Menu

Lakeside native earns one of Britain’s highest honors

Dr. Bill Kelso — the man who rediscovered the original “lost” 1607 James Fort at Jamestown Island, Va., — was recognized in a ceremony at the British Embassy in Washington, D.C., for his invaluable service to historical archaeology. Kelso was awarded the Honorary Commander of the Most Excellent Order of the British Empire by Her Majesty Queen Elizabeth II. During the investiture ceremony on Friday, July 13, British Ambassador, Sir Peter Westmacott, presented Kelso with the badge of the Order. Dr. Bill Kelso — the man who rediscovered the original “lost” 1607 James Fort at Jamestown Island, Va., — was recognized in a ceremony at the British Embassy in Washington, D.C., for his invaluable service to historical archaeology. Kelso was awarded the Honorary Commander of the Most Excellent Order of the British Empire by Her Majesty Queen Elizabeth II. During the investiture ceremony on Friday, July 13, British Ambassador, Sir Peter Westmacott, presented Kelso with the badge of the Order.

William Kelso, director of archaeology at Historic Jamestowne and Lakeside native, recently received one of Britain’s highest honors when he became an Honorary Commander of the British Empire during a ceremony at the British Embassy. The CBE is awarded for especially inventive and celebrated contributions, in this case recognizing Kelso for his ground-breaking rediscovery of the original 1607 James Fort at Jamestown Island, Va. The honor was bestowed in Washington, D.C., by Sir Peter Westmacott, British ambassador to the U.S. Kelso is one of only two Americans to receive this honor from Britain this year.


From 30 years of private scholarly research, Kelso concluded that the original 1607 Jamestown fort site, long thought lost to river erosion, could be found near the ancient Jamestown church tower. After a decade-long negotiation with the Association for the Preservation of Virginia Antiquities who owned the site and despite skeptical colleagues, his persistence prevailed in 1994 when he led a limited excavation project that almost immediately unearthed traces of the fort walls and 17th-century military artifacts. Since then under Kelso’s leadership, archaeologists have discovered more than 1.4 million artifacts spanning the 17th through 19th centuries with the discovery of a Confederate fort constructed during the Civil War.
“I am humbled to receive this recognition of my lifelong passion for British-American Colonial archaeology,” said Kelso. “It has been an enormous privilege leading teams of talented scholars in a quest to understand what life was like at Jamestown, where British tradition would become such a significant influence on the history of America.”
Kelso’s ground-breaking discovery of the site of the first, permanent, English-speaking settlement in America redefines for both nations their distinct, shared legacy. The site, which still remains an active dig site, continues to provide both Americans and British a demonstrably different picture of their ancestors. In fact, when Queen Elizabeth II visited Jamestown on the 400th anniversary of the colony’s founding, Kelso provided Her Majesty with a personal tour of the dig site.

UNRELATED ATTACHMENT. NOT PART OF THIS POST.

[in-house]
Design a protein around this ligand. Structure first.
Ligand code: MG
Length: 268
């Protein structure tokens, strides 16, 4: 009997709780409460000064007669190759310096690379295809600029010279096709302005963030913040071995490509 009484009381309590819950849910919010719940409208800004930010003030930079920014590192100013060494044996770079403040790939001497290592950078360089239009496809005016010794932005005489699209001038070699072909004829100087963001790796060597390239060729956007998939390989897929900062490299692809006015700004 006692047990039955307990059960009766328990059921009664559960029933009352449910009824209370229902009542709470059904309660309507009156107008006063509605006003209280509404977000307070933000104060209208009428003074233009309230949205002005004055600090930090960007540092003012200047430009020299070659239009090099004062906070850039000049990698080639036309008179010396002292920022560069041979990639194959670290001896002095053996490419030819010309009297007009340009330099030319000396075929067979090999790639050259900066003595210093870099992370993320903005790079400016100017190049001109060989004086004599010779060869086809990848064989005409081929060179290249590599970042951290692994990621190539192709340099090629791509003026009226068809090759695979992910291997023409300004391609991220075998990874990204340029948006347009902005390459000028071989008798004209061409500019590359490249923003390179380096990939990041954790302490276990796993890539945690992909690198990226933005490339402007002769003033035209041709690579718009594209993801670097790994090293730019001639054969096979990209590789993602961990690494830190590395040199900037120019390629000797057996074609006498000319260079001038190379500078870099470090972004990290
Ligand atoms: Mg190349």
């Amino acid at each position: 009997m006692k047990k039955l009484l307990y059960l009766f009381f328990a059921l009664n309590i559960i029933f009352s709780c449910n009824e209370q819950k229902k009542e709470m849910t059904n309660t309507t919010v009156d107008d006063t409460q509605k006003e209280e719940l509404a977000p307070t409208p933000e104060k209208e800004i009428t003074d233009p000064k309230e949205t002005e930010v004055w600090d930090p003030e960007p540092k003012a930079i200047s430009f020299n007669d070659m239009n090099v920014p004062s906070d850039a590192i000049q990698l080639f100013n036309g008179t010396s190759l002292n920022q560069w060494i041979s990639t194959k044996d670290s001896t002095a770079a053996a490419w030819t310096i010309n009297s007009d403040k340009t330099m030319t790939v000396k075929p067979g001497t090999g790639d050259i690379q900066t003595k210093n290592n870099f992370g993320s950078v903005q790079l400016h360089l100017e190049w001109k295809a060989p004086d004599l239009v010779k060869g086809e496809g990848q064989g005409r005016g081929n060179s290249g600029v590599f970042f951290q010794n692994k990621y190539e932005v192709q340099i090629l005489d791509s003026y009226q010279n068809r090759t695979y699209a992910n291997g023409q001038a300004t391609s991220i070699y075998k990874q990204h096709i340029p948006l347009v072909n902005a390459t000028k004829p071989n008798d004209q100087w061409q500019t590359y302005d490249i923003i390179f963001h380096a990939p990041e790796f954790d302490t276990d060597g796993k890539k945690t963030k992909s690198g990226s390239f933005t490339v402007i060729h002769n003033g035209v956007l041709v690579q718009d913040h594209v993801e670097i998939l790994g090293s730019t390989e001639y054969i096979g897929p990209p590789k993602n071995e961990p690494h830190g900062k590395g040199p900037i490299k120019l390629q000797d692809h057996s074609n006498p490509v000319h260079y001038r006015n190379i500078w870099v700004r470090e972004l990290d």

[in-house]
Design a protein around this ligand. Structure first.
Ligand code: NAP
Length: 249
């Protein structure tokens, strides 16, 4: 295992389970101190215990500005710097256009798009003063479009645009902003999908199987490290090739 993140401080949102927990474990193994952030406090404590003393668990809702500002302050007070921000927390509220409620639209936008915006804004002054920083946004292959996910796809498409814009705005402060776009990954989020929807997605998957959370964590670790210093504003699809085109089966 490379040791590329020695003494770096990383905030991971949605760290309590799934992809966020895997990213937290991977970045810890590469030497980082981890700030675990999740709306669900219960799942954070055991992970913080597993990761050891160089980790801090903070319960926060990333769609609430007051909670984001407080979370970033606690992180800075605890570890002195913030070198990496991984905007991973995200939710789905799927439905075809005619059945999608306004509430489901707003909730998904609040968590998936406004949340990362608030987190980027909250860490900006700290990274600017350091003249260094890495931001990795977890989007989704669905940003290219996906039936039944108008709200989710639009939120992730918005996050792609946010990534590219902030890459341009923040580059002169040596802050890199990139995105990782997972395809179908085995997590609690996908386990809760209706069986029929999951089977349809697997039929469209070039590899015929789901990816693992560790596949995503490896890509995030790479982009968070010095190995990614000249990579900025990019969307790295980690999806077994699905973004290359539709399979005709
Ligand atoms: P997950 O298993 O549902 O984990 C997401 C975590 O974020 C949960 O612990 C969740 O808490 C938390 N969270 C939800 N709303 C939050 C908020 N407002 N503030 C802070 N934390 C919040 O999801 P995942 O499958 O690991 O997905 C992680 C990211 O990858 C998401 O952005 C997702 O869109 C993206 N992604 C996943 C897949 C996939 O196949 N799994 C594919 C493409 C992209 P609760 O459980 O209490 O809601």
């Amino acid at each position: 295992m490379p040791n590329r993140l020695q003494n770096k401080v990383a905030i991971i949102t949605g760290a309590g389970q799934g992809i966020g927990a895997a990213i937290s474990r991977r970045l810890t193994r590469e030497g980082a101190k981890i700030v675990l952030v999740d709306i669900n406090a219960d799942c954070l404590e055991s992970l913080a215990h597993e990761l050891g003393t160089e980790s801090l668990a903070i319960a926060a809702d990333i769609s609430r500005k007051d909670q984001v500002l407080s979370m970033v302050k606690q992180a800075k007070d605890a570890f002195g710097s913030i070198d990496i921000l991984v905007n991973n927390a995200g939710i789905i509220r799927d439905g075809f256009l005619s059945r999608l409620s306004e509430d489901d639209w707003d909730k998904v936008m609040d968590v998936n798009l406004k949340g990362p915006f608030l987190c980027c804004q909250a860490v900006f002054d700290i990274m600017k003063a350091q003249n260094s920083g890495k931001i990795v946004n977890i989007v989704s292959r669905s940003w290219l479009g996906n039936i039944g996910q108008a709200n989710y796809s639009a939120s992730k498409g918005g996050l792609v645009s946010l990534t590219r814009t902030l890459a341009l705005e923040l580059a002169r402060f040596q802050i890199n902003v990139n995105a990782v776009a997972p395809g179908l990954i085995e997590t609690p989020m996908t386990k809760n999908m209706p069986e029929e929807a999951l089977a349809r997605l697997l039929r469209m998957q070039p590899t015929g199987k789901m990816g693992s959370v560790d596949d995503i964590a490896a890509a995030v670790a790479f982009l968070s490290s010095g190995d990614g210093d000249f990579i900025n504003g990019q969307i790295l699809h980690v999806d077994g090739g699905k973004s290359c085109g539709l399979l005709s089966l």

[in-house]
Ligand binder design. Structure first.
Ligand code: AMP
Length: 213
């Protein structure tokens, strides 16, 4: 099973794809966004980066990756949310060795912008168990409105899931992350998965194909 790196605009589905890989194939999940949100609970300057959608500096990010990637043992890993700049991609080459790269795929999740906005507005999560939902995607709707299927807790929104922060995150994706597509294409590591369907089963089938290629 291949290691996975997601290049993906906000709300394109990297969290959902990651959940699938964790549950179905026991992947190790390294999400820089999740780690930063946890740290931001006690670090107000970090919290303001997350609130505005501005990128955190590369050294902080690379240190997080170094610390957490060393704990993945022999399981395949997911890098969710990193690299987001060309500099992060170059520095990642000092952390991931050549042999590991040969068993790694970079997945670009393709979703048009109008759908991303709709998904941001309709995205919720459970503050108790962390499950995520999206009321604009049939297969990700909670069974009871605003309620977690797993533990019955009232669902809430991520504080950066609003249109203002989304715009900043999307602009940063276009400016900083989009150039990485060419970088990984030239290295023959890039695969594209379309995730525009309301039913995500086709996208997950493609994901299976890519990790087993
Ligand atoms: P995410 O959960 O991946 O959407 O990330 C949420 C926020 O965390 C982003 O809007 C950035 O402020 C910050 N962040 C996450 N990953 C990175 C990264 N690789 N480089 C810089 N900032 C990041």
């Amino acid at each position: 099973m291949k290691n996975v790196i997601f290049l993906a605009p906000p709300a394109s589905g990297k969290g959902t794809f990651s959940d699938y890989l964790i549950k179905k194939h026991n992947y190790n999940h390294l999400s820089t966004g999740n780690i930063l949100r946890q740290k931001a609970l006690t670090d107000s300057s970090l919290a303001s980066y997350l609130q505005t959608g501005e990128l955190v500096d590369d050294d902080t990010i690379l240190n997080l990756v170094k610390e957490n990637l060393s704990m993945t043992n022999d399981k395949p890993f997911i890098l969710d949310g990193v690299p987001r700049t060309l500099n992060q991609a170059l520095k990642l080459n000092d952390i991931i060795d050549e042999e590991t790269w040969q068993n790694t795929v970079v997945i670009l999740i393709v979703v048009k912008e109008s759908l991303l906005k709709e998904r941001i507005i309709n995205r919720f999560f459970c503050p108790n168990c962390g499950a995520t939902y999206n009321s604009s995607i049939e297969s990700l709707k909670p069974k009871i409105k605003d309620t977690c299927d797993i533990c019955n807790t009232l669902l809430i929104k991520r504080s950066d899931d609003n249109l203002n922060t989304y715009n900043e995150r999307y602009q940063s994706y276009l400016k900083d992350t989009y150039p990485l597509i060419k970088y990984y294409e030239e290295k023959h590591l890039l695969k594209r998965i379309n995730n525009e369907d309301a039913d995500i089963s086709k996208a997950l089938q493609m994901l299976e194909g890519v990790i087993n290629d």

“Many of the values that bind the United Kingdom and United States to one another can trace their roots to Jamestown: common law as the foundation of our legal system; representative democracy; English as the established common language of the new American economy,” said Ambassador Westmacott. “Our understanding of the role of those values in founding the young America has been advanced by Dr. Kelso’s incomparable work.”
In addition to archaeological research, Kelso oversees program interpretation at Historic Jamestowne. He also works in conjunction with The Colonial Williamsburg Foundation to seek recognition for the Historic Triangle (Historic Jamestowne, Williamsburg and Yorktown) as a World Heritage Site. A historically significant location both nationally and globally, this project emphasizes the importance of the establishment of English society in America, including contact with Indian peoples and the arrival of the first Africans. In 1619 at Jamestown’s General Assembly, the first meeting of an elected representative government took place in the Western hemisphere. The Historic Triangle also witnessed the first articulation of a Declaration of Rights in 1776 in Williamsburg, which served as the capital of the largest colony and original state, where principles of religious freedom originated; and in Yorktown, which witnessed the winning of the American Revolution, securing the new nation.
Most importantly, the Historic Triangle is the home of democratic ideas and institutions in early America that evolved into the elective governments seen today in the United States and other countries around the world.
Kelso, one of the most prominent archaeologists specializing in early American history, joined the Association for the Preservation of Virginia Antiquities (now known as Preservation Virginia) and the Jamestown Rediscovery project in 1993 to lead the archaeological search for James Fort. Prior to his work for Historic Jamestowne, he served as director of archaeology for Colonial Williamsburg, Monticello and Poplar Forest. He was also commissioner of archaeology for the Virginia Historic Landmarks Commission.
A native of Lakeside, Kelso received a bachelor’s degree in history from Baldwin-Wallace College, a master’s degree in history from the College of William & Mary and a doctorate from Emory University.

back to top